That passage comes from Amelia Pang’s Made In China: A Prisoner, an SOS Letter, and the Hidden Cost of America’s Cheap Goods (Algonquin Books of Chapel Hill, 2021, 278 pages).
For decades now, our corporations and our government have practiced globalism and “free trade.” Believing that closer economic connections with the Chinese Communist Party (CCP) would lead to greater freedoms for the Chinese people, American politicians and corporate heads invested heavily in that nation, exporting manufacturing from our country to China and importing cheap goods into the United States.
It didn’t work out as planned.
In addition to destroying much of our manufacturing base, our China policies have enriched some American entrepreneurs while also giving rise to a major military and economic rival that laughs at us.
And that’s not the worst of our offensives.
By our consumerism we have not only increased the wealth of the CCP and its supporters, but we have also abetted a wicked system of oppression, torture, and murder.
In Made In China, Amelia Pang pulls the curtain back from these Chinese atrocities. She details the forced labor and the prison manufacturing of cheap goods in that country, the persecution of religious groups and minorities, the executions, the organ harvesting in which hearts, kidneys, and livers are forcibly removed from prisoners for sale to those needing organ replacements, the lies and deceptive practices that allow all these crimes against humanity to continue.
Throughout Made In China, we follow Sun Yi, a practitioner of Falun Gong, a spiritual group banned by the CCP, who spends years in prisons and labor camps. At one point, when he and others are manufacturing foam tombstones for American Halloween parties, Sun begins secretly inserting notes into this product just before it’s wrapped in cellophane, cries for help to anyone buying the product. In 2012, Julie Keith of Damascus, Oregon, found one of these notes and reported it to the press and the government.
As more evidence confirmed the existence of these labor camps, where inmates often work 15 hours a day in terrible conditions with little or no pay, the West also received credible reports of organ harvesting in these camps.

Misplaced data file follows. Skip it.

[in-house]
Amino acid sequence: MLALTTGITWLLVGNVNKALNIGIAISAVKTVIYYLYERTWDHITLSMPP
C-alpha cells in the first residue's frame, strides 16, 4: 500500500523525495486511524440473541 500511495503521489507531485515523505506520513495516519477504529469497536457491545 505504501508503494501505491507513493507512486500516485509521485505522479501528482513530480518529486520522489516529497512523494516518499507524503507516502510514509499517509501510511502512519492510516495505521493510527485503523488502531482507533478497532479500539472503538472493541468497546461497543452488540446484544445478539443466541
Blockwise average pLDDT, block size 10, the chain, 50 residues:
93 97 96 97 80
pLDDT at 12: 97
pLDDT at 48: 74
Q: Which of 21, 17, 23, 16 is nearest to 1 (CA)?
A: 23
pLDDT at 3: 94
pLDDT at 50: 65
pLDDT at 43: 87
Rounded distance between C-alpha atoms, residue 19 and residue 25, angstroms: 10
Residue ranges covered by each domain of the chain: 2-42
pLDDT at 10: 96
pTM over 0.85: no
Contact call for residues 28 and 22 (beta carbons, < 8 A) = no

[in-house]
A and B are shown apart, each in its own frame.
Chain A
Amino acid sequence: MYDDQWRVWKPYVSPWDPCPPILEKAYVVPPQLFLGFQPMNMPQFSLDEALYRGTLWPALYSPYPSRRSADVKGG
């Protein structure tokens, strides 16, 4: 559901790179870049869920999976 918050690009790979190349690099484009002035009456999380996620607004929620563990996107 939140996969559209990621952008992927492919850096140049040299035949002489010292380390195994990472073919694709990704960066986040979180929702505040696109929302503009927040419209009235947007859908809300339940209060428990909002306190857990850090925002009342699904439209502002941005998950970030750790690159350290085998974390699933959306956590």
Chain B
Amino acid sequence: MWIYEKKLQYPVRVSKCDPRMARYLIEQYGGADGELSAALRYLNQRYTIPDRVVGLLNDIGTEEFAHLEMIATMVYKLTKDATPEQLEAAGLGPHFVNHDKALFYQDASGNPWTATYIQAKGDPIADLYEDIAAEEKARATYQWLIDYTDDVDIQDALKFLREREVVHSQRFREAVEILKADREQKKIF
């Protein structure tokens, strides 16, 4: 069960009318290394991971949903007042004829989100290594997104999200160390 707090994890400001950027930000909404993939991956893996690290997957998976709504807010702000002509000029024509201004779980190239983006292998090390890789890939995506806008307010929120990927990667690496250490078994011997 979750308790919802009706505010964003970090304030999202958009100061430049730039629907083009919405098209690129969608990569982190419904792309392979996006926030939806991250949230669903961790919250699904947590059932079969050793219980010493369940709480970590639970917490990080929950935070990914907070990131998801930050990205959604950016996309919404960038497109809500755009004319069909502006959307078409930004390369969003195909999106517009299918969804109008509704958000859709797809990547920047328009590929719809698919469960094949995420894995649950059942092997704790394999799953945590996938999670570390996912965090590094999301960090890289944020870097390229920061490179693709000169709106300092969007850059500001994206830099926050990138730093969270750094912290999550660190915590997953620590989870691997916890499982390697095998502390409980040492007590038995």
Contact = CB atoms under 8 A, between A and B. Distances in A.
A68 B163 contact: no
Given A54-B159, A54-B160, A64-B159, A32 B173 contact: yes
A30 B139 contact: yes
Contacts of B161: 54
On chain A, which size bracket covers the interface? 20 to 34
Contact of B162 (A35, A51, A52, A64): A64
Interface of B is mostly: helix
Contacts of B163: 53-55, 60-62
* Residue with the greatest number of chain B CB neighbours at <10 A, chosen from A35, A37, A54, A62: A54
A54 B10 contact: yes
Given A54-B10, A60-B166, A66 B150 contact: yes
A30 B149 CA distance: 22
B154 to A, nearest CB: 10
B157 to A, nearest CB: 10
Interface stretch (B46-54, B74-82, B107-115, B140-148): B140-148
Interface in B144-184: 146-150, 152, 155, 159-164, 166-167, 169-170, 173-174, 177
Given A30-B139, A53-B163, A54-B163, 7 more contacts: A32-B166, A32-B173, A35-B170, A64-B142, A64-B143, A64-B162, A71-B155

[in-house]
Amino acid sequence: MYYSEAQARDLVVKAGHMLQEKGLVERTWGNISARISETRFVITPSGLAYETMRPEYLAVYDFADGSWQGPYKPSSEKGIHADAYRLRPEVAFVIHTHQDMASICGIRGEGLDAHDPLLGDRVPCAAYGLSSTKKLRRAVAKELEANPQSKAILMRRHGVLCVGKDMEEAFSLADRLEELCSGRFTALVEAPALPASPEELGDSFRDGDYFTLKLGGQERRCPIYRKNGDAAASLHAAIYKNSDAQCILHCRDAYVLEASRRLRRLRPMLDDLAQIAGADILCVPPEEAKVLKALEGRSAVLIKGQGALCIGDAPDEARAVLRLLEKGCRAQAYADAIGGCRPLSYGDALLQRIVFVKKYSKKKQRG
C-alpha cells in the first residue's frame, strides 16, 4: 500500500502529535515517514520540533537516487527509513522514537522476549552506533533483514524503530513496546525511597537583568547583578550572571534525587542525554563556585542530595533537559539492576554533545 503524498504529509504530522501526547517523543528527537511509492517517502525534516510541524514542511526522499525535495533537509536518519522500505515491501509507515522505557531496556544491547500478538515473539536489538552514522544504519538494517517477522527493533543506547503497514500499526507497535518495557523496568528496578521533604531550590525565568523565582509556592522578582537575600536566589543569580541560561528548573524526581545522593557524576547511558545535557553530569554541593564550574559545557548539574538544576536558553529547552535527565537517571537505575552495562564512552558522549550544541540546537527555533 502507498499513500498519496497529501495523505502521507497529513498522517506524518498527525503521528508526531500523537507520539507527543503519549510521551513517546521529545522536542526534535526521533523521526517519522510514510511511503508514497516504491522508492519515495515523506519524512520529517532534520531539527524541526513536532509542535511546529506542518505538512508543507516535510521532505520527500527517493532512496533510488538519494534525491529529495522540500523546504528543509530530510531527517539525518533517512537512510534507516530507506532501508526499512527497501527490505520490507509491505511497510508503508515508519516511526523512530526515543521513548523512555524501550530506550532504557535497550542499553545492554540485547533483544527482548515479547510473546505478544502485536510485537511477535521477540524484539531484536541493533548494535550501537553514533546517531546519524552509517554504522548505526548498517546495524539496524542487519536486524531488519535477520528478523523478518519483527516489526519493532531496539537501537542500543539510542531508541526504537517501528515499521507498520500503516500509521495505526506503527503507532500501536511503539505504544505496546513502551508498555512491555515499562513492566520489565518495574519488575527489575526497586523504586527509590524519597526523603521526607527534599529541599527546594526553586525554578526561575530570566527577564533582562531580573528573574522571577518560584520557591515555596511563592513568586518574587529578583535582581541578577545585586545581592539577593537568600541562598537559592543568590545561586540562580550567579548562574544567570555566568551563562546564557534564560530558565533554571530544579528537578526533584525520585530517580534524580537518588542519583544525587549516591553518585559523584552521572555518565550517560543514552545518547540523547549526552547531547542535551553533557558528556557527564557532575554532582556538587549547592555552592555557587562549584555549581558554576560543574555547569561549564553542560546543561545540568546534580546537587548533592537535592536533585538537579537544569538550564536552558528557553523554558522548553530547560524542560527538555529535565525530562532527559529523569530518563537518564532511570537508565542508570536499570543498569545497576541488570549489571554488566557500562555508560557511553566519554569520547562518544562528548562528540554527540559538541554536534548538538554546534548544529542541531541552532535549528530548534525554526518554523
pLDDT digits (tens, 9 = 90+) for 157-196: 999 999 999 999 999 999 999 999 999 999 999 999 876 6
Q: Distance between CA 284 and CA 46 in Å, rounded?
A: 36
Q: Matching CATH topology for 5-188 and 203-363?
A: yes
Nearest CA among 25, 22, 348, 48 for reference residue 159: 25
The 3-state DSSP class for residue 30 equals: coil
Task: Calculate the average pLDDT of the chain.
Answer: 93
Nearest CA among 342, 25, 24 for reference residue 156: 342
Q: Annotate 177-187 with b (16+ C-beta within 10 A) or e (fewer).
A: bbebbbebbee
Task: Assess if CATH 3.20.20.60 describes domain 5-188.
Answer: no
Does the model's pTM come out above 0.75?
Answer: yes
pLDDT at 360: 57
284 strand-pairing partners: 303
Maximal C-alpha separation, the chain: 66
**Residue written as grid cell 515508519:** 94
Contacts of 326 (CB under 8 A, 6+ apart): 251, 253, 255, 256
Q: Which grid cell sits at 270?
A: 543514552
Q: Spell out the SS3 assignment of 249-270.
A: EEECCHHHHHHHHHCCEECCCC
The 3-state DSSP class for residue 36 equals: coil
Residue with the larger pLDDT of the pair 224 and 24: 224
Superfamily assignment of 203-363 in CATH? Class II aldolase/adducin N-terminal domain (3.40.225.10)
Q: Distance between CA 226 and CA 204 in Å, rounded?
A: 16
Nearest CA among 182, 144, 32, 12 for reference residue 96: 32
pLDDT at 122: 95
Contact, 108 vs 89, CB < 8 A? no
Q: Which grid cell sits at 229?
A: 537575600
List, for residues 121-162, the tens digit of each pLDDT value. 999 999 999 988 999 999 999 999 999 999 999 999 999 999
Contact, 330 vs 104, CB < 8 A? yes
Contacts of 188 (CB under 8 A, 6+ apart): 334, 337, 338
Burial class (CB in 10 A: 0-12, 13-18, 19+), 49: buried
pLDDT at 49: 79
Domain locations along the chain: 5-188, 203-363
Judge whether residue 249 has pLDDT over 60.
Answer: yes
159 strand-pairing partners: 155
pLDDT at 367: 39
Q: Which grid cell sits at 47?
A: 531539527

As Pang tells us, the CCP has changed some of its tactics in recent years, moving “from free labor and the silencing of dissent. But China’s Xinjiang camps have a new goal: to erase an entire racial identity.”
By this, Pang means the ongoing assault on the Muslim Uyghurs living in China. The CCP runs political reeducation camps, where Uyghur inmates are indoctrinated or even tortured until they reject their culture and religious beliefs. One rare survivor who managed to emigrate from China, Mihrigul Tursun, a mother of triplets, was only released because her children were not Chinese nationals. She reported her internment once she had reached the safety of the United States: “At night, they listened with fear. They could hear men screaming nearby and the rattling of chains, which made terrible grating noises when the guards dragged bodies away. ‘The thought that these men could be our fathers or brothers was unbearable,’ she said.”
Near the end of Made In China, Pang writes, “Mihrigul Tursun lives with the knowledge that she has more than likely killed her parents by testifying about the reeducation camps in Xinjiang. It is an unspeakable guilt that she carries with her every day.”
And what of our guilt?
What of all the Halloween and Christmas decorations made in China, the ceramics, the electronics, all those cheap products we can pick up for a song at our big box stores or from online companies? Were they manufactured by workers in regular factories or by forced laborers who worked endless hours, were tortured if they dissented, and lived in abysmal and dangerous conditions?
Pang ends her book with a chapter title “What We Can Do,” in which she makes suggestions for American companies and for individual consumers. As she writes, “… we can use our spending power to limit how much an authoritarian government will profit from the abuse of prisoners of conscience and ethnic minorities.”
Beside my desk is a standing lamp I bought years ago. Affixed to the lamp pole is a “Made in China” sticker. Though for years I have tried to avoid products manufactured overseas, that sticker will remind me every day of Pang’s book and the prisoners living in a Chinese hellhole. And every time I go shopping, I will continue to refuse to buy any product “Made in China.”